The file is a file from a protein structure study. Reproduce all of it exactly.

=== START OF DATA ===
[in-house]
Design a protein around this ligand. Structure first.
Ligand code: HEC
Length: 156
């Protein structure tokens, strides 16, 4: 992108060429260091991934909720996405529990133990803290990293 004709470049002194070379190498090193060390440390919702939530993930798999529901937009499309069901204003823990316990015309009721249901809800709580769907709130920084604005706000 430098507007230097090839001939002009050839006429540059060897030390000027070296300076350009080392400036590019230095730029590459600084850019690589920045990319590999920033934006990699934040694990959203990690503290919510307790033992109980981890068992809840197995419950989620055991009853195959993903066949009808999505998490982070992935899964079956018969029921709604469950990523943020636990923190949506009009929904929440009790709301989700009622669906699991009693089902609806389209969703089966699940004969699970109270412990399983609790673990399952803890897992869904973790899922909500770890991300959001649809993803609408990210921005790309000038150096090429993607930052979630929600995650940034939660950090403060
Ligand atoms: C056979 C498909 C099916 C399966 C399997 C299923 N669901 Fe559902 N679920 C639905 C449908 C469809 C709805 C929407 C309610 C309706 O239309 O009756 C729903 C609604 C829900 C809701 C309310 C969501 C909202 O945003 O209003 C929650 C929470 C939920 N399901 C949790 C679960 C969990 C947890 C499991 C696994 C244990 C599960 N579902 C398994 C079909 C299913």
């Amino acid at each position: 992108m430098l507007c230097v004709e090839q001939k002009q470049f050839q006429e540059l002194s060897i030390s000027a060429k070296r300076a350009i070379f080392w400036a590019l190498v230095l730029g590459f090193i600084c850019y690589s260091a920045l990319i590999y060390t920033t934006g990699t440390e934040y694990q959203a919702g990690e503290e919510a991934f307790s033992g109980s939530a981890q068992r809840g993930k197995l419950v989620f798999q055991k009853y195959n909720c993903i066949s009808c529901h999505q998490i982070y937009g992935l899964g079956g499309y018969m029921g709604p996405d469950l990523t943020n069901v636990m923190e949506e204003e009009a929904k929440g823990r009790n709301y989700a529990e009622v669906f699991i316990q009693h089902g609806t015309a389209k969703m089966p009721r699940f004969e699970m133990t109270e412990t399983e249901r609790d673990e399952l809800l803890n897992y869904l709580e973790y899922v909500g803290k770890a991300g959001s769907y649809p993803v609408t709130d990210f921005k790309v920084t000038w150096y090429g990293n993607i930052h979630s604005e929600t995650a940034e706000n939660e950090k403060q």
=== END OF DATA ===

[in-house]
Design a protein around this ligand. Structure first.
Ligand code: HEC
Length: 156
């Protein structure tokens, strides 16, 4: 992108060429260091991934909720996405529990133990803290990293 004709470049002194070379190498090193060390440390919702939530993930798999529901937009499309069901204003823990316990015309009721249901809800709580769907709130920084604005706000 430098507007230097090839001939002009050839006429540059060897030390000027070296300076350009080392400036590019230095730029590459600084850019690589920045990319590999920033934006990699934040694990959203990690503290919510307790033992109980981890068992809840197995419950989620055991009853195959993903066949009808999505998490982070992935899964079956018969029921709604469950990523943020636990923190949506009009929904929440009790709301989700009622669906699991009693089902609806389209969703089966699940004969699970109270412990399983609790673990399952803890897992869904973790899922909500770890991300959001649809993803609408990210921005790309000038150096090429993607930052979630929600995650940034939660950090403060
Ligand atoms: C056979 C498909 C099916 C399966 C399997 C299923 N669901 Fe559902 N679920 C639905 C449908 C469809 C709805 C929407 C309610 C309706 O239309 O009756 C729903 C609604 C829900 C809701 C309310 C969501 C909202 O945003 O209003 C929650 C929470 C939920 N399901 C949790 C679960 C969990 C947890 C499991 C696994 C244990 C599960 N579902 C398994 C079909 C299913």
């Amino acid at each position: 992108m430098l507007c230097v004709e090839q001939k002009q470049f050839q006429e540059l002194s060897i030390s000027a060429k070296r300076a350009i070379f080392w400036a590019l190498v230095l730029g590459f090193i600084c850019y690589s260091a920045l990319i590999y060390t920033t934006g990699t440390e934040y694990q959203a919702g990690e503290e919510a991934f307790s033992g109980s939530a981890q068992r809840g993930k197995l419950v989620f798999q055991k009853y195959n909720c993903i066949s009808c529901h999505q998490i982070y937009g992935l899964g079956g499309y018969m029921g709604p996405d469950l990523t943020n069901v636990m923190e949506e204003e009009a929904k929440g823990r009790n709301y989700a529990e009622v669906f699991i316990q009693h089902g609806t015309a389209k969703m089966p009721r699940f004969e699970m133990t109270e412990t399983e249901r609790d673990e399952l809800l803890n897992y869904l709580e973790y899922v909500g803290k770890a991300g959001s769907y649809p993803v609408t709130d990210f921005k790309v920084t000038w150096y090429g990293n993607i930052h979630s604005e929600t995650a940034e706000n939660e950090k403060q």